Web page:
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Information Reusability, Competition and Bank Asset Quality

Listed author(s):
  • Yuk-Shee Chan

    (Northwestern University)

  • Stuart I. Greenbaum

    (Washington University in St. Louis)

  • Anjan V. Thakor

    (Washington University in St. Louis)

The paper explains the recent decline in bank asset quality using the notion of information reusability. Banks are viewed as information processors; they exist because of their advantage in extracting the surplus associated with the reusability of borrower-specific information. It is shown that a bank's incentive to screen loan applicants, and hence maintain the quality of its assets, depends on the surplus this screening can produce, which in turn depends on information reusability. Two recent changes in banks' operating environment are increased competition and greater temporal volatility in borrower credit risks. The former has directly reduced banks' informational surplus while the latter has impaired information reusability. Hence screening expenditures have been reduced and the diminution of screening has lowered the quality of bank assets. It is also shown that an increase in deposit insurance premia has an effect similar to that of narrowing interest spreads and therefore will result in reduced asset screening and impaired asset quality.

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Paper provided by EconWPA in its series Finance with number 0411049.

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Length: 11 pages
Date of creation: 30 Nov 2004
Handle: RePEc:wpa:wuwpfi:0411049
Note: Type of Document - pdf; pages: 11
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  1. Yuk-Shee Chan & Stuart I. Greenbaum & Anjan V. Thakor, 1985. "The deterioration of bank asset quality," Proceedings 71, Federal Reserve Bank of Chicago.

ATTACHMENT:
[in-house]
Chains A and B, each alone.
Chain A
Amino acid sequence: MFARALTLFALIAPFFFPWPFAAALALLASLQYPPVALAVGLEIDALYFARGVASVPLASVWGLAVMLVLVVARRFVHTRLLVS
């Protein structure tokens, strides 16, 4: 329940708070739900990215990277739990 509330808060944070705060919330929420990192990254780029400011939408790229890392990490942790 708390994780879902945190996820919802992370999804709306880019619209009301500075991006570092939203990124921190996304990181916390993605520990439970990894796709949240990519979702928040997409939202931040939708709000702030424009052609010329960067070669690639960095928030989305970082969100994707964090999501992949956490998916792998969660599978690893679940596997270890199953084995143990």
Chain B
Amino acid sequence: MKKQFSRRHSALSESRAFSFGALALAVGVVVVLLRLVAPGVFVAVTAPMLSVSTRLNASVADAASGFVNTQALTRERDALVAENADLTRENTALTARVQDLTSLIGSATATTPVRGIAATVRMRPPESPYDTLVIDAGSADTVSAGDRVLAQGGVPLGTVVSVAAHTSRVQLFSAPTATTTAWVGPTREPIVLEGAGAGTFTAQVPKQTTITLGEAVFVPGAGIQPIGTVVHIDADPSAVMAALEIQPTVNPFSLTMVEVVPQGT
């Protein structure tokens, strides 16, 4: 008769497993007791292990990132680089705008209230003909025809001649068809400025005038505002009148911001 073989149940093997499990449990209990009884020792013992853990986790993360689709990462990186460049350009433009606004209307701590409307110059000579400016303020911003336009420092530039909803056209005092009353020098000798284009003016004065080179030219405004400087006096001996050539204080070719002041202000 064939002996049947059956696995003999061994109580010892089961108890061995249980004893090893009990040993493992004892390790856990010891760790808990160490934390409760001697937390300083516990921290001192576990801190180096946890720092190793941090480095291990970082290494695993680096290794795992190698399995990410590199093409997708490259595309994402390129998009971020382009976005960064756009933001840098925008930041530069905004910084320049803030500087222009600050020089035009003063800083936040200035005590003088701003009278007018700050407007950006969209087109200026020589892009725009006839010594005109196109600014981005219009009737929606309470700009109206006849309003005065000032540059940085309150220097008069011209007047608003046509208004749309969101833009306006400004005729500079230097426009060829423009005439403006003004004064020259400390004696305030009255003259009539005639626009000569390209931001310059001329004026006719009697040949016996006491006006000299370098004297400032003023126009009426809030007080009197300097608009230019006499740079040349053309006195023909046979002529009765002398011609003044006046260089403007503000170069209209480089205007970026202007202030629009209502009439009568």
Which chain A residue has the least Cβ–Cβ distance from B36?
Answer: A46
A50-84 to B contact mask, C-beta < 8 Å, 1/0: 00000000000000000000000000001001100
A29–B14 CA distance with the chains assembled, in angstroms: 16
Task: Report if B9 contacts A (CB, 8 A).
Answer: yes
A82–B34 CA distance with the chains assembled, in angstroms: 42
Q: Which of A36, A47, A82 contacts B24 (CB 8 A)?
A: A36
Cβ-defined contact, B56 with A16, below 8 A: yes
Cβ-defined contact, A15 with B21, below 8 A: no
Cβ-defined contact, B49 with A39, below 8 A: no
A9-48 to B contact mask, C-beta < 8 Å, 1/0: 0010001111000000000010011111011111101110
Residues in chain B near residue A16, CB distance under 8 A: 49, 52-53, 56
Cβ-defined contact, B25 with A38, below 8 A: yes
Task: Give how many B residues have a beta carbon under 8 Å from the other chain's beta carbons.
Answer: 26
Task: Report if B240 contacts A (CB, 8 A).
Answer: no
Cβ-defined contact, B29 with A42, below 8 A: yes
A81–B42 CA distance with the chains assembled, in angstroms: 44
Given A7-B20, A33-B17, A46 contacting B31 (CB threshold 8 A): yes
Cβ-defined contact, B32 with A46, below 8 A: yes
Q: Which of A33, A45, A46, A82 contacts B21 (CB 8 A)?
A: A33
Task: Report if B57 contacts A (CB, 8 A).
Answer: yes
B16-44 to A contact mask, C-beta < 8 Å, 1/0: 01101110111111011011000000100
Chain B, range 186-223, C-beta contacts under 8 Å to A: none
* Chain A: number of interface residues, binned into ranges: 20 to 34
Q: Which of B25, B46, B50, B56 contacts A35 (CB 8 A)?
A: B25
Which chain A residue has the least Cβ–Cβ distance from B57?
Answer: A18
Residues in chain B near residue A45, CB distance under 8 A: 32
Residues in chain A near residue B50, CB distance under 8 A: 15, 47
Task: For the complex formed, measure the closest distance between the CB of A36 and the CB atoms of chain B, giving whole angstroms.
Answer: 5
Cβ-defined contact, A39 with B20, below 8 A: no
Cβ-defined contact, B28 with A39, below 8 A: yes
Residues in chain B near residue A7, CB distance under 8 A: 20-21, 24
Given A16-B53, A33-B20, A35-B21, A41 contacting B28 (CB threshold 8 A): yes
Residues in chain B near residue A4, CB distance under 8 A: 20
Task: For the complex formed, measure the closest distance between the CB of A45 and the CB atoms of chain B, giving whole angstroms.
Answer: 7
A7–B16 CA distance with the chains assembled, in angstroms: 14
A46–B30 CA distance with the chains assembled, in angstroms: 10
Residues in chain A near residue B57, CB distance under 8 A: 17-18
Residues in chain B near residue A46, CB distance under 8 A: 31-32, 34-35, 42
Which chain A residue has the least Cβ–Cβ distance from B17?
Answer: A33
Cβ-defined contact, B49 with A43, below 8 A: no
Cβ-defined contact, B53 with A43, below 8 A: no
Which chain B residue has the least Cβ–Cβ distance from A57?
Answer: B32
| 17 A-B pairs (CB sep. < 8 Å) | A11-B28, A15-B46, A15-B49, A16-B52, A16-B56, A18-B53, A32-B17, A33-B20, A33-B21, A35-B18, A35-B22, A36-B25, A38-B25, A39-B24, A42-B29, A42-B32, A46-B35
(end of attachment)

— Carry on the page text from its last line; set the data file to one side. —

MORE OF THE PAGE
2. Stiglitz, Joseph E & Weiss, Andrew, 1981. "Credit Rationing in Markets with Imperfect Information," American Economic Review, American Economic Association, vol. 71(3), pages 393-410, June.
  3. Millon, Marcia H & Thakor, Anjan V, 1985. " Moral Hazard and Information Sharing: A Model of Financial Information Gathering Agencies," Journal of Finance, American Finance Association, vol. 40(5), pages 1403-1422, December.
  4. Yuk-Shee Chan., 1982. "On the Positive Role of Financial Intermediation in Allocation of Venture Capital in a Market with Imperfect Information," Research Program in Finance Working Papers 127, University of California at Berkeley.
  5. John H. Boyd & Edward C. Prescott, 1985. "Financial intermediary-coalitions," Staff Report 87, Federal Reserve Bank of Minneapolis.
  6. Franklin Allen, "undated". "Contracts to Sell Information (Revised: 6-87)," Rodney L. White Center for Financial Research Working Papers 12-85, Wharton School Rodney L. White Center for Financial Research.
  7. Douglas W. Diamond, 1984. "Financial Intermediation and Delegated Monitoring," Review of Economic Studies, Oxford University Press, vol. 51(3), pages 393-414.
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